June 20, 2024

Let’s start with a healing prayer for a friend: “Think, O’ God, of our friend who is ill, whom we now commend to Your compassionate regard. That no healing is too hard if it be Your will. We therefore pray that You bless our friend with Your loving care, renew his/her strength, and heal what ails him/her in Your loving name.”


Thinking out loud: It’s not that Ibaloys (not all) are against Cordillera autonomy per se. Some are just rightfully or wrongfully fearful that their leaders and their alipores might be dominated by members of a more united and dominant ethnic group if it ever becomes so. What do you think?


Aug. 9 is not only this near-sighted Ibaloy writer’s natal day. More importantly, it is also World Indigenous Peoples’ Day. In celebration of this significant event, allow me to share my late father and idol, Atty. Gabriel Pawid Keith’s essay, “I Am an Igorot” composed when he was a student in the 1950s and when Benguet was still part of Mountain Province. It continues to be a popular oratorical piece:
“I am an Igorot, son of parents in whose veins flow Malay and Indonesian blood. I was born and reared amidst these mountains and hills covered with sturdy and verdant pines that sway and dance with the mountain breeze beside the mountain streams. This part of the country, the Mountain Province, I have learned to love and to call my home.
I am an Igorot. In my veins run the immortal blood of my gallant, peaceful, and freedom-loving forefathers – blood borne by them who openly defied the authority of Spain in the year 1601. Again, it was the blood that also freely flowed in the bloody battlefields of world famous Bataan and in the rocky bastions of Corregidor.
That blood is immortal. It is the self-same blood that flowed in the hearts of my grandfather, father, brothers, cousins, uncles, and nephews who formed the mighty 66th Infantry; blood that watered the wild lilies in the treacherous mountain of Bessang. Some of them died fighting that I may be what I am now – a free man, living in a free country governed by the principles of democracy.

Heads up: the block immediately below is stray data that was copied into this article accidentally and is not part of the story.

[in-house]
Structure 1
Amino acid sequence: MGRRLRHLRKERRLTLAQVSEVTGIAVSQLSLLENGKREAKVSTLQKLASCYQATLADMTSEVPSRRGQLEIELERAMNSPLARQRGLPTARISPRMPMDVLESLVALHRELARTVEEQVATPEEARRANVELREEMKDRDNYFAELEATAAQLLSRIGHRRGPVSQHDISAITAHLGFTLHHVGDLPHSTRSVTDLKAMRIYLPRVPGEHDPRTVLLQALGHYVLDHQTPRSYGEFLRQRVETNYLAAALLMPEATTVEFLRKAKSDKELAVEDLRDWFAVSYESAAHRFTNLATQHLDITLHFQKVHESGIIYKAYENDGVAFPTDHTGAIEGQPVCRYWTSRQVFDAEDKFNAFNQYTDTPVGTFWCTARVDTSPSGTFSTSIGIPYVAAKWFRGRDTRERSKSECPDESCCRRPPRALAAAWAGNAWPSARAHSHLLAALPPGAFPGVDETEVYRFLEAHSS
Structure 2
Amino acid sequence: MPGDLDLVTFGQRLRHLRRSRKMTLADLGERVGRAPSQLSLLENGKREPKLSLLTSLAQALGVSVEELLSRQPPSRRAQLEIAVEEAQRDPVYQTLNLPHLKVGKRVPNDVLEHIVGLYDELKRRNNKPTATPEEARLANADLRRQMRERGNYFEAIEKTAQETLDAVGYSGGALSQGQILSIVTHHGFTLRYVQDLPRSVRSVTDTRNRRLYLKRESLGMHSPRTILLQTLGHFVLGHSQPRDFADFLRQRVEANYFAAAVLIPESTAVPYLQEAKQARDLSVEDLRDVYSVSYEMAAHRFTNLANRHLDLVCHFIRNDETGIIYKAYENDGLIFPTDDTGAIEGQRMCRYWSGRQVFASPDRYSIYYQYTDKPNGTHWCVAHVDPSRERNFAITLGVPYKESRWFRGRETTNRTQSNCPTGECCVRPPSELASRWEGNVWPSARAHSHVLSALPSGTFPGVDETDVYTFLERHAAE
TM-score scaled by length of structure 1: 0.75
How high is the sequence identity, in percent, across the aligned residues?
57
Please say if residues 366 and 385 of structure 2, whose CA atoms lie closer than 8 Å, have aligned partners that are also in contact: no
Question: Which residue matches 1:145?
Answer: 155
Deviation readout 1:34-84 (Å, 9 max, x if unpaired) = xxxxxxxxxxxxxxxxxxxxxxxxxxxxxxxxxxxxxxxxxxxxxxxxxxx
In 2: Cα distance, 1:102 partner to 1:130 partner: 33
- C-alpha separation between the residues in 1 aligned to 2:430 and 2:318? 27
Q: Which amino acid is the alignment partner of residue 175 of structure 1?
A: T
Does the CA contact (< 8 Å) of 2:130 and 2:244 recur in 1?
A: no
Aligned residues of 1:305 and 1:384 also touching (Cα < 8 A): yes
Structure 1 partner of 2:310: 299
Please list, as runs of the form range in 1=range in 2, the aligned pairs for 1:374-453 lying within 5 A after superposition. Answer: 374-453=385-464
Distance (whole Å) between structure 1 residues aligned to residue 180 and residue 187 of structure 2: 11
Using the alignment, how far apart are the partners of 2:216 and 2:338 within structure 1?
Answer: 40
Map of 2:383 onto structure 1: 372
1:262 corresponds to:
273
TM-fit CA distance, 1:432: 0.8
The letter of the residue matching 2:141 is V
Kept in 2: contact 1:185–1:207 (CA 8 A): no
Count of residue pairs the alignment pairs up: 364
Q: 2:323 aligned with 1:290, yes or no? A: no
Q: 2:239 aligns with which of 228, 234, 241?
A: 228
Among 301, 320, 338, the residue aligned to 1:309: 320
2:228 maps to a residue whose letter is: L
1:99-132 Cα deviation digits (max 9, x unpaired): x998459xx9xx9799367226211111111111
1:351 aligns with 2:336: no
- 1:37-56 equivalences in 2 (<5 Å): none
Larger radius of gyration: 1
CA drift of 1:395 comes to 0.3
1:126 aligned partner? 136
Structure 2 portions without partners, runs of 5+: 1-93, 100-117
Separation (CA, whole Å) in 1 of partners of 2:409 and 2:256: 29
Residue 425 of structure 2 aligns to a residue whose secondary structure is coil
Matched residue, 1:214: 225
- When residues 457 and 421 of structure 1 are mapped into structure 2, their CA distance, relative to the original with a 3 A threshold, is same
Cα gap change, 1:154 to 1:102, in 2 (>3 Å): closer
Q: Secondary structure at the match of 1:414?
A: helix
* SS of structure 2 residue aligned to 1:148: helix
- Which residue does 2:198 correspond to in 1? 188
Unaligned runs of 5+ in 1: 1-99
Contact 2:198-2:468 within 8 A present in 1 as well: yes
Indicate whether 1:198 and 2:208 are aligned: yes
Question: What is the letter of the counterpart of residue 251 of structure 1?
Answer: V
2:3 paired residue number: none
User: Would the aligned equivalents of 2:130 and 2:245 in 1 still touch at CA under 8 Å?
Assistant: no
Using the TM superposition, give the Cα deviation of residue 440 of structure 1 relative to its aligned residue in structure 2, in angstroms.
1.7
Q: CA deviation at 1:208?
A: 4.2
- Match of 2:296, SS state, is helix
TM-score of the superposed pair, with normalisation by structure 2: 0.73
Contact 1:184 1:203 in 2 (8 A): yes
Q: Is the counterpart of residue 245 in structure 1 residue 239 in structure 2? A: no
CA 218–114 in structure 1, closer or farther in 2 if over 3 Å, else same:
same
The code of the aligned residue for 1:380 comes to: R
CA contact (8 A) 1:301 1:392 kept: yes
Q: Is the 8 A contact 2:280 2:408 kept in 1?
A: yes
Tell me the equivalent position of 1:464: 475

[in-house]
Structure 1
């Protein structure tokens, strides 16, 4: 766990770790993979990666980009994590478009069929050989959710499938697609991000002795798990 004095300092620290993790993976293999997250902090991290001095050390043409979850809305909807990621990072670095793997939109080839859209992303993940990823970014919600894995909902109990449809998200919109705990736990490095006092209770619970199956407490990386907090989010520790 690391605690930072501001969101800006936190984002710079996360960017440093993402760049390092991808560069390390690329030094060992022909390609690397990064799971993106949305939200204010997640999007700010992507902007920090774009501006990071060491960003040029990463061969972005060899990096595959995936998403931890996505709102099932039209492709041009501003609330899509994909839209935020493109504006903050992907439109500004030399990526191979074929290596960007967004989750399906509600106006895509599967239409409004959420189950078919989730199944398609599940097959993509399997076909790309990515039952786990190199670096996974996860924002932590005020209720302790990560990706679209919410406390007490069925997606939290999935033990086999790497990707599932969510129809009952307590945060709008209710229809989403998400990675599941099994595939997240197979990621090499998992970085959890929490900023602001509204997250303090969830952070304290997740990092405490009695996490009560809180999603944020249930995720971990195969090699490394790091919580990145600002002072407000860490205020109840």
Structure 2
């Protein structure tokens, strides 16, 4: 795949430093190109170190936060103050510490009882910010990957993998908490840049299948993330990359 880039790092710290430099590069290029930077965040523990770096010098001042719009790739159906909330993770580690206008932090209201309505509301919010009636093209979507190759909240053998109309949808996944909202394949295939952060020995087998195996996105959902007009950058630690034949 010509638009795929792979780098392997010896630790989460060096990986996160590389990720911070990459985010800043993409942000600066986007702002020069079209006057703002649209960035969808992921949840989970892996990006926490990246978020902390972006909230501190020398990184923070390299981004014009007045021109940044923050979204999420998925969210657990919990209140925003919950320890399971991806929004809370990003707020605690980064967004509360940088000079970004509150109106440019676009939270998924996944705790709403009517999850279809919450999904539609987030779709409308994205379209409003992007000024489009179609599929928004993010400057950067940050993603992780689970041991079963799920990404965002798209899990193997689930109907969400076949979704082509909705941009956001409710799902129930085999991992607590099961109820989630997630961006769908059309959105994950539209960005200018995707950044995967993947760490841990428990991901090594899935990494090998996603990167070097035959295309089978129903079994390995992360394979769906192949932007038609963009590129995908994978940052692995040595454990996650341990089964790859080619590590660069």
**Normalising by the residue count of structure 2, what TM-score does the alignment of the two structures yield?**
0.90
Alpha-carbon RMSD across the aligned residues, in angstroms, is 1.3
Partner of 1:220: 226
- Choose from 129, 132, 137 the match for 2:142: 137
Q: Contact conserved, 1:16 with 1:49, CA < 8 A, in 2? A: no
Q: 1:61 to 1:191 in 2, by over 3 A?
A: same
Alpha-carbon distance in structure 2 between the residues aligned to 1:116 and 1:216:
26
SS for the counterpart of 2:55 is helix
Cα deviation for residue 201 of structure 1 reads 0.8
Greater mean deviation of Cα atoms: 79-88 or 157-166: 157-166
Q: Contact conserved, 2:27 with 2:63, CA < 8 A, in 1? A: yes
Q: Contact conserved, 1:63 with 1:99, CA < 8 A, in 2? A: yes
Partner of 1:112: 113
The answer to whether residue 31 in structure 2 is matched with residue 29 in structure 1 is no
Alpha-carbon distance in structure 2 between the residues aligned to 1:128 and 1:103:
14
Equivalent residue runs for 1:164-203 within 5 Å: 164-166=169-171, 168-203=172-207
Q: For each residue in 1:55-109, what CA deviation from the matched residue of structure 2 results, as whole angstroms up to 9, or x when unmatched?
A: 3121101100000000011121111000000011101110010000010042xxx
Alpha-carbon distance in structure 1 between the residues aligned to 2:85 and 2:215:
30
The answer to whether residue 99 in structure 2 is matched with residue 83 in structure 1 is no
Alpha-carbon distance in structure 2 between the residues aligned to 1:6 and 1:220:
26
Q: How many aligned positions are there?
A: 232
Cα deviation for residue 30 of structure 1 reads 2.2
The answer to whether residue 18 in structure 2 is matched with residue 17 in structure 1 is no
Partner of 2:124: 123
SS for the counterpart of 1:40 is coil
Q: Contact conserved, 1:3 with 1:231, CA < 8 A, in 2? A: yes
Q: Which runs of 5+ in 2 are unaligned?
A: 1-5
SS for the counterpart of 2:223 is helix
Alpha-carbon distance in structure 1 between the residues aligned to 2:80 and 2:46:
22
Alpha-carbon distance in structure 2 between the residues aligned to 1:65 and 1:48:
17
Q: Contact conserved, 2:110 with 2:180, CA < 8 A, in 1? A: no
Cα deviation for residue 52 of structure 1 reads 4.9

I am an Igorot – a proud one. I am proud of my noble, brave, peaceful and hardworking ancestors; proud of the mountains, hills, rivers, trees, and of the lilies that adorn the forests and which were given by Him above to be mine; proud of the cañao and the bacdew, and of the customs and traditions handed to me from generation to generation; proud to beat the gangsa and to hear the savage sound of the solibao.
I am proud, too, of my Christian status and education brought about by the pioneering zeal of the Occidental missionaries and teachers; proud to be an integral part of the young Republic of the Philippines.
Though in educational, economic, social and political aspects, I may be far behind; though in high society, I may be frowned upon; though all in all, I may be called a barbarian, still I shall shout aloud that all may know and hear – I am an Igorot!”


FYI: Mayor Benjamin Magalong vehemently opposed the move of the Land Transportation Franchising Regulatory Board to open additional taxi franchises in Baguio City.
“I am objecting to this for the simple reason that we have oversupply of taxis amid this pandemic. Besides, the city government was never consulted on this,” the mayor said.


Here’s “As I Grew Older” by Langston Hughes: “It was a long time ago./ I have almost forgotten my dream./ But it was there then,/ In front of me,/ Bright like a sun—/ My dream./ And then the wall rose,/
Rose slowly,/ Slowly,/ Between me and my dream./ Rose until it touched the sky—/ The wall./ Shadow./
I am black./ I lie down in the shadow./ No longer the light of my dream before me,/ Above me./ Only the thick wall./ Only the shadow./ My hands!/ My dark hands!/ Break through the wall!/ Find my dream!/ Help me to shatter this darkness,/ To smash this night,/ To break this shadow/ Into a thousand lights of sun,/ Into a thousand whirling dreams/ Of sun!”